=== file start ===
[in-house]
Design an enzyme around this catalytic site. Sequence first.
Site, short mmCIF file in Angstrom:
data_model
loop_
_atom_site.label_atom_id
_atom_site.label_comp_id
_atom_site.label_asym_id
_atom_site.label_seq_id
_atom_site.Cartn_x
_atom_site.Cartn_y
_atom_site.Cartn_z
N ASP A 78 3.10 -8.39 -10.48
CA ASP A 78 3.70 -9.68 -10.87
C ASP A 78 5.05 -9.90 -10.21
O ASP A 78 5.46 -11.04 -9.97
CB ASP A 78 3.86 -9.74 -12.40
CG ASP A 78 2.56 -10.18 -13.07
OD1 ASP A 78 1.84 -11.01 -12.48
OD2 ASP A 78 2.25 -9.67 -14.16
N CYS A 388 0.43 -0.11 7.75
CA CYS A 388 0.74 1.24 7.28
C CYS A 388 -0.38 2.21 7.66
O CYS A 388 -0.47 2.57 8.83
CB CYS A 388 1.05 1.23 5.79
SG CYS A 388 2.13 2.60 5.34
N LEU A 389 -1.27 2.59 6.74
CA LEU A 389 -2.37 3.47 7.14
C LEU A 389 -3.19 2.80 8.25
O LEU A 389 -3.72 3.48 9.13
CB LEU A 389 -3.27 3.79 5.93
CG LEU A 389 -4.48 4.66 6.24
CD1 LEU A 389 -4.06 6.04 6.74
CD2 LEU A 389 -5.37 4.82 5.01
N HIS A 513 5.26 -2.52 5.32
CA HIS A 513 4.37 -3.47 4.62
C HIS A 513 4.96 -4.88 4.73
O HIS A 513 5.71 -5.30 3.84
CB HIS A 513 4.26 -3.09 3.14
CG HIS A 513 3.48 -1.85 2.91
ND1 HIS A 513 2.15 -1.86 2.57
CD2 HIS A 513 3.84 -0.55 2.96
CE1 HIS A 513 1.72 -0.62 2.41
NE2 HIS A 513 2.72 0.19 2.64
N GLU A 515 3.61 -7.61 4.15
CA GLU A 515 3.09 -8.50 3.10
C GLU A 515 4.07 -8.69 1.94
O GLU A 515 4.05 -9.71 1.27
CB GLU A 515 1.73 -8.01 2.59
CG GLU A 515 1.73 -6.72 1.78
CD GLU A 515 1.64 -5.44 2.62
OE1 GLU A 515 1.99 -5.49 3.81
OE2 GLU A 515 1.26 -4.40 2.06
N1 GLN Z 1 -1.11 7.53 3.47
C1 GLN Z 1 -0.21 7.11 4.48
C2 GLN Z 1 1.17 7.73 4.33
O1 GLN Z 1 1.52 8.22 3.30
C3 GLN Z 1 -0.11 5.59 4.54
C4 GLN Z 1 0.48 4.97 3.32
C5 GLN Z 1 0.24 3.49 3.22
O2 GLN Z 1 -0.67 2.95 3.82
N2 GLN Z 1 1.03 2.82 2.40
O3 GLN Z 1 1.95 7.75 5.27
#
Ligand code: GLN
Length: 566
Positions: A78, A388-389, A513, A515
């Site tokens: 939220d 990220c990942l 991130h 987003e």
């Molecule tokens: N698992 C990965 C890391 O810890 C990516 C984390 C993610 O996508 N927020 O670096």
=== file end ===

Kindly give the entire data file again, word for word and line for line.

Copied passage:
[in-house]
Design an enzyme around this catalytic site. Sequence first.
Site, short mmCIF file in Angstrom:
data_model
loop_
_atom_site.label_atom_id
_atom_site.label_comp_id
_atom_site.label_asym_id
_atom_site.label_seq_id
_atom_site.Cartn_x
_atom_site.Cartn_y
_atom_site.Cartn_z
N ASP A 78 3.10 -8.39 -10.48
CA ASP A 78 3.70 -9.68 -10.87
C ASP A 78 5.05 -9.90 -10.21
O ASP A 78 5.46 -11.04 -9.97
CB ASP A 78 3.86 -9.74 -12.40
CG ASP A 78 2.56 -10.18 -13.07
OD1 ASP A 78 1.84 -11.01 -12.48
OD2 ASP A 78 2.25 -9.67 -14.16
N CYS A 388 0.43 -0.11 7.75
CA CYS A 388 0.74 1.24 7.28
C CYS A 388 -0.38 2.21 7.66
O CYS A 388 -0.47 2.57 8.83
CB CYS A 388 1.05 1.23 5.79
SG CYS A 388 2.13 2.60 5.34
N LEU A 389 -1.27 2.59 6.74
CA LEU A 389 -2.37 3.47 7.14
C LEU A 389 -3.19 2.80 8.25
O LEU A 389 -3.72 3.48 9.13
CB LEU A 389 -3.27 3.79 5.93
CG LEU A 389 -4.48 4.66 6.24
CD1 LEU A 389 -4.06 6.04 6.74
CD2 LEU A 389 -5.37 4.82 5.01
N HIS A 513 5.26 -2.52 5.32
CA HIS A 513 4.37 -3.47 4.62
C HIS A 513 4.96 -4.88 4.73
O HIS A 513 5.71 -5.30 3.84
CB HIS A 513 4.26 -3.09 3.14
CG HIS A 513 3.48 -1.85 2.91
ND1 HIS A 513 2.15 -1.86 2.57
CD2 HIS A 513 3.84 -0.55 2.96
CE1 HIS A 513 1.72 -0.62 2.41
NE2 HIS A 513 2.72 0.19 2.64
N GLU A 515 3.61 -7.61 4.15
CA GLU A 515 3.09 -8.50 3.10
C GLU A 515 4.07 -8.69 1.94
O GLU A 515 4.05 -9.71 1.27
CB GLU A 515 1.73 -8.01 2.59
CG GLU A 515 1.73 -6.72 1.78
CD GLU A 515 1.64 -5.44 2.62
OE1 GLU A 515 1.99 -5.49 3.81
OE2 GLU A 515 1.26 -4.40 2.06
N1 GLN Z 1 -1.11 7.53 3.47
C1 GLN Z 1 -0.21 7.11 4.48
C2 GLN Z 1 1.17 7.73 4.33
O1 GLN Z 1 1.52 8.22 3.30
C3 GLN Z 1 -0.11 5.59 4.54
C4 GLN Z 1 0.48 4.97 3.32
C5 GLN Z 1 0.24 3.49 3.22
O2 GLN Z 1 -0.67 2.95 3.82
N2 GLN Z 1 1.03 2.82 2.40
O3 GLN Z 1 1.95 7.75 5.27
#
Ligand code: GLN
Length: 566
Positions: A78, A388-389, A513, A515
């Site tokens: 939220d 990220c990942l 991130h 987003e």
């Molecule tokens: N698992 C990965 C890391 O810890 C990516 C984390 C993610 O996508 N927020 O670096």